Blessing the Dust (Surprises Part IV)

There is this poem for Ash Wednesday called Blessing the Dust by Jan Richardson from her book called Circle of Grace.

She talks about dust and what humans are made from. About how old stars from who knows what galaxy live in our bones. It mesmerizes me and I will post it at the end as her sorrow mixed with hope brings me to tears every time. It was just the thing to soothe my soul this past Ash Wednesday

Also, my own words are not very eloquent right now. There is good advice among writers to write from where you are healed not from where it is still raw and gaping. This thing about which I’m to share is still very raw and gaping which may puzzle you once you read it but there it is.

I saw my oncologist on Wednesday and got some shocking news that they are not recommending the next surgery/hot chemo treatment at this time (what! and yes I argued with her about it and my results for a half hour.) By some miracle my two new lesions they thought were starting baby tumors were benign. More than that all the mucin they sampled (from multiple places but there was a large sample size on my right ovary that was removed) was acellular. After my ovary surgery no one told me it was even a possibility that this could be the result (no one even explained to me the difference between acellular and epithelial mucin) and when they called to book my next oncologist appointment (apparently before all my results were in) I was told to ‘discuss your situation and surgery’.  The only surgery this oncologist does is cyto/hipec. I was told multiple times along the way by several different doctors that new lesions and mucin would mean cyto + hipec. No one told me that there was a chance all that mucin could be acellular instead of epithelial containing. And my CT scan and bloodwork I had done a few weeks after my last surgery came back clear. Anyway I am in MASSIVE shock and grateful to have been a surprise to my oncologist, but also to be fully honest still quite stressed and anxious. My brain feels very holey.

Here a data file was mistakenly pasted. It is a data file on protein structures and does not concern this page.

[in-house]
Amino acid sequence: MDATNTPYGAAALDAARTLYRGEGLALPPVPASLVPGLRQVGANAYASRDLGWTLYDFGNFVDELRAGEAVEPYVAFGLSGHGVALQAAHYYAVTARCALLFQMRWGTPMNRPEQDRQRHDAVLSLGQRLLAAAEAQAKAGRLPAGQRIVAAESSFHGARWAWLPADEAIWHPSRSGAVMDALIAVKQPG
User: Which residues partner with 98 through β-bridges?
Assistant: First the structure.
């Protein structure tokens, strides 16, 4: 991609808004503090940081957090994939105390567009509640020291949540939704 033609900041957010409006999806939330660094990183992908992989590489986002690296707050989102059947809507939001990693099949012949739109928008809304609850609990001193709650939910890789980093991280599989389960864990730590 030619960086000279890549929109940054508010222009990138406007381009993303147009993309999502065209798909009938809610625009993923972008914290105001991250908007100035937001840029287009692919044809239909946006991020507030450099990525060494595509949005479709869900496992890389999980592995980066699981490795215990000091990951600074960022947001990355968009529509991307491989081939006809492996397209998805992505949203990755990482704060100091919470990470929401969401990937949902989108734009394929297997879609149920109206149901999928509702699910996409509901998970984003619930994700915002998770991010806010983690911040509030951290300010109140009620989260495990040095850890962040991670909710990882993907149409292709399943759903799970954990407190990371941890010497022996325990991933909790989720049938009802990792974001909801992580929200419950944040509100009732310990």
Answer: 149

For the first 24 hours after I got the news all I could think about is that my doctor was wrong and that I should get another opinion, trying to get in with another appendix cancer specialist in Calgary. I’m feeling a bit of shame about not feeling all the joy and relief those who love me are feeling. But as someone who loves me said: after five months of some serious ups and downs, two surgeries and many more other minor procedures and tests and appointments it is not surprising my brain and body are having trouble shifting out of fight or flight mode and to give myself grace in that.

Now that it has settled in a few more hours and I’ve had some time to search on pubmed and at look current pathology guidelines (hello type J who deals with anxiety with an attempt at control) I do feel like I am moving more in the direction of accepting this news.

I already have my next scans booked for late September and will continue to have scans for a good many years as there is a 10-30% chance of reoccurance (if so at which point they would give me the cyto/hipec surgery I was expecting to have this spring) but for now they are considering me no evidence of disease (NED).

Now I need to rest and have some time to let my soul settle and breathe and think about what all this means after an insane five months. Also to continue with the healing process; body, mind and spirit.

But first I have to say thank you. I know not all of you believe in God but I do, so I am massively grateful to God’s gifts to me in this which have not just been physical healing. Through all of this insane ride I have felt God’s presence by my side, even when I feared for the worst I was comforted and loved.  And also thank you to all of you: I have been so blessed through this by other’s thoughts, prayers (to all the complete strangers and people who don’t know me well praying for me, thank you), healing energy, making me laugh, sending me encouraging messages, information, cards, food, flowers, balloons, and so much more. It is humbling to think about and brings me to tears of gratitude daily at how good all you people are. Truly. To all of you thank you. To the few of you who were witness to my not so graceful parts of this – thank you too for listening to me through snotty tears and rambling incoherent thoughts and anger on my really hard days and standing by my side anyway.

To all of you: Thank you for showing me all the stars blazing in your bones.

 

Blessing the Dust: A Blessing for Ash Wednesday

All those days
you felt like dust,
like dirt,
as if all you had to do
was turn your face
toward the wind
and be scattered
to the four corners

or swept away
by the smallest breath
as insubstantial—